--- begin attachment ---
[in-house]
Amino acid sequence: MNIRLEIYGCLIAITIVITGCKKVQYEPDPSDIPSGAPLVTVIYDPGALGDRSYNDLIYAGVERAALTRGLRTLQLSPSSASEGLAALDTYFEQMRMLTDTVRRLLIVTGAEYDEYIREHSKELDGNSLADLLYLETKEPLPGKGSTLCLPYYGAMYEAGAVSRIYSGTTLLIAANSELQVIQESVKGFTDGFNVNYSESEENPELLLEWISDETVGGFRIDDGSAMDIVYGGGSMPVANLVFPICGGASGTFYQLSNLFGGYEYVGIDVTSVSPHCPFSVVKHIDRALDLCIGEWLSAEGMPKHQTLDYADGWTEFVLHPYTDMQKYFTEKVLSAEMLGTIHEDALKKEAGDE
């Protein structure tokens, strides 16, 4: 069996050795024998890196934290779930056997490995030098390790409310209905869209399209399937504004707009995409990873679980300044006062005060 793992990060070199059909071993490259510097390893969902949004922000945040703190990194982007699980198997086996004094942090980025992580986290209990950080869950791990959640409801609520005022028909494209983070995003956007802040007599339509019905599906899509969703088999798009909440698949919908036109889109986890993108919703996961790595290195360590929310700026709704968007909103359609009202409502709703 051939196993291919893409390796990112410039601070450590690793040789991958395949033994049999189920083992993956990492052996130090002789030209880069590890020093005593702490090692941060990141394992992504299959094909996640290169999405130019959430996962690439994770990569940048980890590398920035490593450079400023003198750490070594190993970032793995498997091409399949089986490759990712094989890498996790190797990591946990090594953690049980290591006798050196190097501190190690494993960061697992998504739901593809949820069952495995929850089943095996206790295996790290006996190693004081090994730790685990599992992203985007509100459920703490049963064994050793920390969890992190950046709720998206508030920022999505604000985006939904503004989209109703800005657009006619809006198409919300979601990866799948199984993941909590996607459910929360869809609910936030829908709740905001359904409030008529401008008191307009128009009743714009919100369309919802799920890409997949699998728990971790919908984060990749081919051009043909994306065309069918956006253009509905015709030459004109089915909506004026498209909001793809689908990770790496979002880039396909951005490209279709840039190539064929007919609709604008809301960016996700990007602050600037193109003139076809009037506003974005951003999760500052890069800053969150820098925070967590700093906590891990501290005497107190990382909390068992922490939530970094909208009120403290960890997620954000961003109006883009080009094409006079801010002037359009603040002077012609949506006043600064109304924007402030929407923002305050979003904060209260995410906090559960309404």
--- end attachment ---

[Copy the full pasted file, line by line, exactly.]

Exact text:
[in-house]
Amino acid sequence: MNIRLEIYGCLIAITIVITGCKKVQYEPDPSDIPSGAPLVTVIYDPGALGDRSYNDLIYAGVERAALTRGLRTLQLSPSSASEGLAALDTYFEQMRMLTDTVRRLLIVTGAEYDEYIREHSKELDGNSLADLLYLETKEPLPGKGSTLCLPYYGAMYEAGAVSRIYSGTTLLIAANSELQVIQESVKGFTDGFNVNYSESEENPELLLEWISDETVGGFRIDDGSAMDIVYGGGSMPVANLVFPICGGASGTFYQLSNLFGGYEYVGIDVTSVSPHCPFSVVKHIDRALDLCIGEWLSAEGMPKHQTLDYADGWTEFVLHPYTDMQKYFTEKVLSAEMLGTIHEDALKKEAGDE
């Protein structure tokens, strides 16, 4: 069996050795024998890196934290779930056997490995030098390790409310209905869209399209399937504004707009995409990873679980300044006062005060 793992990060070199059909071993490259510097390893969902949004922000945040703190990194982007699980198997086996004094942090980025992580986290209990950080869950791990959640409801609520005022028909494209983070995003956007802040007599339509019905599906899509969703088999798009909440698949919908036109889109986890993108919703996961790595290195360590929310700026709704968007909103359609009202409502709703 051939196993291919893409390796990112410039601070450590690793040789991958395949033994049999189920083992993956990492052996130090002789030209880069590890020093005593702490090692941060990141394992992504299959094909996640290169999405130019959430996962690439994770990569940048980890590398920035490593450079400023003198750490070594190993970032793995498997091409399949089986490759990712094989890498996790190797990591946990090594953690049980290591006798050196190097501190190690494993960061697992998504739901593809949820069952495995929850089943095996206790295996790290006996190693004081090994730790685990599992992203985007509100459920703490049963064994050793920390969890992190950046709720998206508030920022999505604000985006939904503004989209109703800005657009006619809006198409919300979601990866799948199984993941909590996607459910929360869809609910936030829908709740905001359904409030008529401008008191307009128009009743714009919100369309919802799920890409997949699998728990971790919908984060990749081919051009043909994306065309069918956006253009509905015709030459004109089915909506004026498209909001793809689908990770790496979002880039396909951005490209279709840039190539064929007919609709604008809301960016996700990007602050600037193109003139076809009037506003974005951003999760500052890069800053969150820098925070967590700093906590891990501290005497107190990382909390068992922490939530970094909208009120403290960890997620954000961003109006883009080009094409006079801010002037359009603040002077012609949506006043600064109304924007402030929407923002305050979003904060209260995410906090559960309404």